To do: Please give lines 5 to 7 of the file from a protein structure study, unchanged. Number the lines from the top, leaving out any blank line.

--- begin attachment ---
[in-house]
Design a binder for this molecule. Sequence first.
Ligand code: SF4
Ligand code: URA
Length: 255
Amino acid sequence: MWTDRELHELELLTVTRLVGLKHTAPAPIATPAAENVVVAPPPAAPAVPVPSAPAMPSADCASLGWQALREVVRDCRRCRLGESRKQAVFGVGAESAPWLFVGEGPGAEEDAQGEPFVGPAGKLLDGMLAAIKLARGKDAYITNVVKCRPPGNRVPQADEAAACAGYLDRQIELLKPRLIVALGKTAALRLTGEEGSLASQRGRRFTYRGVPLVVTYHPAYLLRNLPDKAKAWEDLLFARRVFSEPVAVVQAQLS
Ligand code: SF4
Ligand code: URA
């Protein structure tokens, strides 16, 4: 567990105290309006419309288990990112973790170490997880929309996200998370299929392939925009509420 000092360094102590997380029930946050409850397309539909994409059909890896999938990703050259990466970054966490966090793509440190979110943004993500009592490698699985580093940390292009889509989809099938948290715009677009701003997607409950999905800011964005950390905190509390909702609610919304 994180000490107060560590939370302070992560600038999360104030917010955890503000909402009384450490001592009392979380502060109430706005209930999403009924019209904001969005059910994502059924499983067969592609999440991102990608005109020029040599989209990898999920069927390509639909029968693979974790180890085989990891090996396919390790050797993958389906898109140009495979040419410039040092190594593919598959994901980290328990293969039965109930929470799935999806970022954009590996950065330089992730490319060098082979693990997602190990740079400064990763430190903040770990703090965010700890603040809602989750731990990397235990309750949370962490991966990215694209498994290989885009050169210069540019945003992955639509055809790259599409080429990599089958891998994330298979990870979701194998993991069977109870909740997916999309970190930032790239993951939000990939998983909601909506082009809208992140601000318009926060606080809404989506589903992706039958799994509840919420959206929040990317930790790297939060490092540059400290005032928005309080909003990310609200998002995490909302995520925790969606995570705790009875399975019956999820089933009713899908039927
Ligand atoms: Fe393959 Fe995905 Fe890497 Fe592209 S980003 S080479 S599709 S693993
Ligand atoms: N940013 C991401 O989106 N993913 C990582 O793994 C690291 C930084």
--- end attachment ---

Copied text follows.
Length: 255
Amino acid sequence: MWTDRELHELELLTVTRLVGLKHTAPAPIATPAAENVVVAPPPAAPAVPVPSAPAMPSADCASLGWQALREVVRDCRRCRLGESRKQAVFGVGAESAPWLFVGEGPGAEEDAQGEPFVGPAGKLLDGMLAAIKLARGKDAYITNVVKCRPPGNRVPQADEAAACAGYLDRQIELLKPRLIVALGKTAALRLTGEEGSLASQRGRRFTYRGVPLVVTYHPAYLLRNLPDKAKAWEDLLFARRVFSEPVAVVQAQLS
Ligand code: SF4